LONDON: Tottenham have been criticised by the international players’ union and by FIFA’s chief medical officer for allowing goalkeeper Hugo Lloris to play on against Everton on Sunday.

The France goalkeeper had been knocked unconscious in a collision with Everton striker Romelu Lukaku shortly before the end of the 0-0 draw. After coming round he insisted on playing on.

Lloris has been given the all-clear after a CT scan but both FIFPro and FIFA’s Jiri Dvorak have insisted the club were wrong to take the risk of letting him do so.

FIFPro has said it was “alarmed” by the club’s decision and that “manager Andres Villas-Boas and his staff failed to protect the goalkeeper by allowing him to see out the remainder of the match.”

Villas-Boas had said: “Hugo doesn’t remember [the incident] because he lost consciousness. It was a big knock but he looked composed and ready to continue. Hugo seemed assertive and determined to continue and showed great character and personality. We decided to keep him on based on that.”


However FIFPro medical advisor Vincent Gouttebarge said: “FIFPro condemns that the health and safety of players are let to coaches/trainers or even to players themselves.

“Medical professionals should be aware of any relevant medical guidelines and apply them in order to empower the health and safety on the field. The health and safety of the players should be the number one priority and should prevail against any other matters.”

FIFPro pointed out a wave of recent concern about the failure in sport in general to recognise and understand the latent risk of head injuries.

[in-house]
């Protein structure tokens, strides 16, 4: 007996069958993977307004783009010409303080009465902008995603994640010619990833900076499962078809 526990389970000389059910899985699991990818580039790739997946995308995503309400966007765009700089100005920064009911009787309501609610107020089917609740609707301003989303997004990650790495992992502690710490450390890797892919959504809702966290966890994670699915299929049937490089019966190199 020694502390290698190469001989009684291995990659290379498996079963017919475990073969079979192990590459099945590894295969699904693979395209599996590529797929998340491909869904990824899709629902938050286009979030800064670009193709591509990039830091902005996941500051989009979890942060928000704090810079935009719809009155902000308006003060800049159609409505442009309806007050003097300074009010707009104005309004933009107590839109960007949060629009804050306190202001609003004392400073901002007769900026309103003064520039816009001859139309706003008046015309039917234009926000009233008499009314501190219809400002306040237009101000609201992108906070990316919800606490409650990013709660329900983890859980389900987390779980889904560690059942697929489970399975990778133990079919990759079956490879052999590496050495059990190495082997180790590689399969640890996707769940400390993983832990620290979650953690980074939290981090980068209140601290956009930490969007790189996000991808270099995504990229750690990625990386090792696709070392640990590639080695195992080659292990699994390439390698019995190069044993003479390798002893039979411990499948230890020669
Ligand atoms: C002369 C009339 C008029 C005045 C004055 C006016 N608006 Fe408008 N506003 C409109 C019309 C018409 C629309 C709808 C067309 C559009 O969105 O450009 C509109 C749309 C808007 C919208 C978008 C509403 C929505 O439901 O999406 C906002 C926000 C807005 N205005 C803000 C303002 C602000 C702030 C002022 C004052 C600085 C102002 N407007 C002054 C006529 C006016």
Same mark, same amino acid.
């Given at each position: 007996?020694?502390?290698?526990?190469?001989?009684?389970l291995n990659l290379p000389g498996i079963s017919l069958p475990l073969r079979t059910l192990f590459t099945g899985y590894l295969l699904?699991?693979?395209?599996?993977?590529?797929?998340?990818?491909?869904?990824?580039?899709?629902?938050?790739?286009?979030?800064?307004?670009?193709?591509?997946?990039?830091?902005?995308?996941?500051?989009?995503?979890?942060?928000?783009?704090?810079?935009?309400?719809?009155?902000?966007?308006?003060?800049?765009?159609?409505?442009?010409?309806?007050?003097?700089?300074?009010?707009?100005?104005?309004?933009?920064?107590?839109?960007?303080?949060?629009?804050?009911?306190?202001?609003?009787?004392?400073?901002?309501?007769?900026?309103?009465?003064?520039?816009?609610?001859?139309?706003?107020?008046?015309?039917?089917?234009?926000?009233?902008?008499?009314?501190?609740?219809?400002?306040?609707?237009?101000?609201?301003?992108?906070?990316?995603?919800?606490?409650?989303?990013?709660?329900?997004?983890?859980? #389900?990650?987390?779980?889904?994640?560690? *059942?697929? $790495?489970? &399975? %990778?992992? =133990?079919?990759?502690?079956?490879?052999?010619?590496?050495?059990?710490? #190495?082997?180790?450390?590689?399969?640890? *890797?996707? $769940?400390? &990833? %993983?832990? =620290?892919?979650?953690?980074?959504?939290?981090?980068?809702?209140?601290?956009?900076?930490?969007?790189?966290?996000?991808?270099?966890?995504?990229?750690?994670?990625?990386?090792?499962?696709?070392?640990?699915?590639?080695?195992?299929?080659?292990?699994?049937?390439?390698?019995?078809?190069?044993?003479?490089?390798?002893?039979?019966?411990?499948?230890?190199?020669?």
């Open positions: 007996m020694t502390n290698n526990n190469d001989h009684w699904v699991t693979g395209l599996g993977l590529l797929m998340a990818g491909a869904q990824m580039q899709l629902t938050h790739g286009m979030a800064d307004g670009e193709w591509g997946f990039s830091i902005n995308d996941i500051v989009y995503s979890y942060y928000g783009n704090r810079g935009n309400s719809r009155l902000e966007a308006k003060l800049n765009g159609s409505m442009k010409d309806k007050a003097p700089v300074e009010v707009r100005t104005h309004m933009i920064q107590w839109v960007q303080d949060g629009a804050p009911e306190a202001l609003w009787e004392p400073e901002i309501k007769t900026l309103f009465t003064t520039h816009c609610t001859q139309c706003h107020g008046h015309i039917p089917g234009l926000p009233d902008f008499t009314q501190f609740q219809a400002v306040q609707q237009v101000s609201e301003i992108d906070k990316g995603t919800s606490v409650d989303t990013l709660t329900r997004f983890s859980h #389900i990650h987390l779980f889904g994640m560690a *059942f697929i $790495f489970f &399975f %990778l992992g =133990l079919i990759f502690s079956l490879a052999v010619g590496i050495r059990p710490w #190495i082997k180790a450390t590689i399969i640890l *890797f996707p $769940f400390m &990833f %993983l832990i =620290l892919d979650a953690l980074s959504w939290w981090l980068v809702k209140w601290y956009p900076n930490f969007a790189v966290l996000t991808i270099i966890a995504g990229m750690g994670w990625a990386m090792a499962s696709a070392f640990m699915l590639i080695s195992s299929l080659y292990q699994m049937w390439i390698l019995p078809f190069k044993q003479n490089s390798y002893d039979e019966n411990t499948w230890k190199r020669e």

Dvorak said there was a “99 per cent probability” that Lloris would have been concussed after his head made contact with Lukaku’s knee.

FIFA hosted a conference on concussion in sport a year ago, and earlier this year updated its guidelines.

Dvorak said: “The player should have been substituted. The fact the other player needed ice on his knee means it’s obvious the blow was extensive. It’s a 99 per cent probability that losing consciousness in such an event will result in concussion.”

The club had been wrong to accept the player’s opinion. Dvorak said: “When he has been knocked unconscious, the player himself may not see the reality . . . We have a slogan: if there is any doubt, keep the player out.”

Tottenham said in a statement: “The club can confirm that Hugo Lloris underwent a precautionary CT scan and was given the all-clear and travelled back to London last night.


“The France goalkeeper suffered a knock to the head following a collision with Everton forward Romelu Lukaku in the closing stages of yesterday’s Premier League encounter at Goodison Park and was cleared to resume playing after examination by the club’s medical team.”

Spurs head of medical services Wayne Diesel added: “Once the relevant tests and assessments were carried out we were totally satisfied that he was fit to continue playing.”

The Football Association is not reported to be investigating Tottenham’s handling of he incident.

FA regulations state: “Any player remaining immobile and unresponsive to verbal commands following a head injury will be regarded as being unconscious and treated in accordance with established principles for extrication and management of the unconscious player. There will be no return to play during that day.”

The rules do however allow for “a transient alteration of conscious level” following a head injury, which says a player can return to play following assessment by medical staff.